Consumer durable majors have every reason to smile, as the sector has reported a close to 50 per cent growth in sales in the month of June compared to April and May when there was absolutely no sales. With work from home becoming a reality at least for the near future, Indian consumers have started investing on consumer durables to enable them to multi-task better. The fear of the virus has also forced them to keep their domestic help at bay, and this has led to categories such as dishwashers grow by 250 per cent over same time last year. Washing machine, microwave and big sized refrigerator sales have doubled too. "I am over-booked by 20,000 for dishwashers," says Neeraj Bahl, MD and CEO, BSH Home Appliances. Dishwashers comprised just 5-6 per cent of BSH's sales prior to COVID.
"We had predicted a 40 per cent degrowth over last year, but the degrowth in Q1FY21 is just about 12-15 per cent. It has come as a pleasant surprise, consumers are looking for effort minimisation, storage and hygiene in the new normal. There is clearly a trend of substituting domestic help with gadgets," points out Kamal Nandi, Business Head, Godrej Appliances. Indian consumers have traditionally never considered it important enough to equip their kitchens with gadgets that could help increase their productivity as they have had the luxury of domestic help. "Also with spends on travel, eating out and shopping having dropped significantly, people are investing on products which can entertain them as well as help them multi-task," says Manish Sharma, MD, Panasonic India.
The consumer durable sector was grappling with low consumption appetite even before coronavirus lockdown and companies had been resorting to deep discounting, offering attractive EMI schemes just to push consumers to buy. Nothing was really working for them and many predicted the demise of categories such as small sized TV panels as smart phones had started doubling up as TV screens. The other surprise category in the COVID world has been the surge of sales of large sized TV panels upwards of 55 inches. "Our TV sales grew by 50 per cent in June. With multiplex visits having stopped and more time being spent at home consumers are seeking large screen experience through large TV panels. People are buying TVs to consume OTT and some are also doing video conferencing. Staring at the laptop for long hours gets stressful," says Sharma of Panasonic India. Apart from dishwashers, mircowaves, TV panels and even mixer grinders, personal grooming gadgets such as trimmers, epilators and shavers have sold five times more than what they did same time last year. Office automation products such as video conferencing cameras have also taken off.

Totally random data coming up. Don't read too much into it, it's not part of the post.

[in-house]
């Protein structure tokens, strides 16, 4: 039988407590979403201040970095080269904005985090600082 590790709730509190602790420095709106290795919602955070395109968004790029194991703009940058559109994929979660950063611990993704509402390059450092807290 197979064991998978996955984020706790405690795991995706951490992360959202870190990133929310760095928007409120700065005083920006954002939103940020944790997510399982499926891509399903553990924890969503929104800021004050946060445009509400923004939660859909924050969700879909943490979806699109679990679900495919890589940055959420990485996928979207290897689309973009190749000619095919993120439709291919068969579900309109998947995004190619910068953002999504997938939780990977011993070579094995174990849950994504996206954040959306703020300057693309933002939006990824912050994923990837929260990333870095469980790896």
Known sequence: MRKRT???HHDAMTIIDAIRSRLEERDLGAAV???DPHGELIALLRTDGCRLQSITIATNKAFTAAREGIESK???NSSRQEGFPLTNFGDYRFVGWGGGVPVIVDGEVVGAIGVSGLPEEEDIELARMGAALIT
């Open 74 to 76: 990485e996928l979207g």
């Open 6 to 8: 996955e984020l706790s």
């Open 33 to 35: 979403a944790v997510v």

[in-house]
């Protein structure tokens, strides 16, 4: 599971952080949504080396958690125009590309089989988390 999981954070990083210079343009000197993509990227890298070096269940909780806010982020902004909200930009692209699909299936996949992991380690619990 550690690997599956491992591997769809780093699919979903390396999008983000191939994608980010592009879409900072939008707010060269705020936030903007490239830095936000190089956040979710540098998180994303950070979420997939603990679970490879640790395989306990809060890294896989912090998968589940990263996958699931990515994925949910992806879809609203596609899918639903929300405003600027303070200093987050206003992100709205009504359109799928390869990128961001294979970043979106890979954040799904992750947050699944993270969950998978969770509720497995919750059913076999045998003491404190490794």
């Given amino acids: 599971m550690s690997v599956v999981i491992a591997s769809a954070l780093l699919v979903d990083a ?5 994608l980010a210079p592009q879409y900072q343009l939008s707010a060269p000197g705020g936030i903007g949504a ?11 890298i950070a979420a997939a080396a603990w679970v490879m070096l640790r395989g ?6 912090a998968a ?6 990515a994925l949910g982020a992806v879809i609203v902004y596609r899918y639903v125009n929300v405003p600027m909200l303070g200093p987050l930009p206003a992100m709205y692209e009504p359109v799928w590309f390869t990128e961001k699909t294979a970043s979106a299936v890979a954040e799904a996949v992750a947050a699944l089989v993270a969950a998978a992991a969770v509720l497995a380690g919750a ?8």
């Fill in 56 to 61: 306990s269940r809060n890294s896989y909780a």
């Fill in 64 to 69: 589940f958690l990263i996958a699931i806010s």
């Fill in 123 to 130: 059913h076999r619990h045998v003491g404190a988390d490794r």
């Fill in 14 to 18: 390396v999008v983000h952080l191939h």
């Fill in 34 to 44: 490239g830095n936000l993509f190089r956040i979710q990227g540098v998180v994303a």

Is this surge in consumer durables sales an indication of pent up demand? Nandi of Godrej doesn't deny it, but he also says that there is a trend of a change in lifestyle and the demand for these products will sustain till everyone has found gadgets to substitute their domestic help. Bahl of BSH says that demand may not forever grow by 200 per cent, but it will be there.
A bulk of these sales has come through online channels, but not necessarily through Amazon and Flipkart. During the lockdown, all consumer durable majors helped their traditional dealers digitise, create their own websites and also made demo videos which the dealers sent to consumers on WhatsApp, and that has yielded results. "Our traditional trade partners saw bulk of their sales coming from online in the last one month, which was earlier zero for them," says Godrej's Nandi. Bahl of BSH says that their largest traditional trade partner who never took online seriously, has sold Rs 40 lakh worth of goods online in the last one month. "Store sales have also happened. Earlier consumers used to come 4-5 times to a store before buying a product. But now, they do their research online and come to the store for the final transaction," adds Bahl.
Is the consumer durable industry expecting high growth rates this fiscal? The CEOs of the sector say that they will be happy if they are able to match last year's growth rates. In fact most of them had assumed that FY21 would be a write off.
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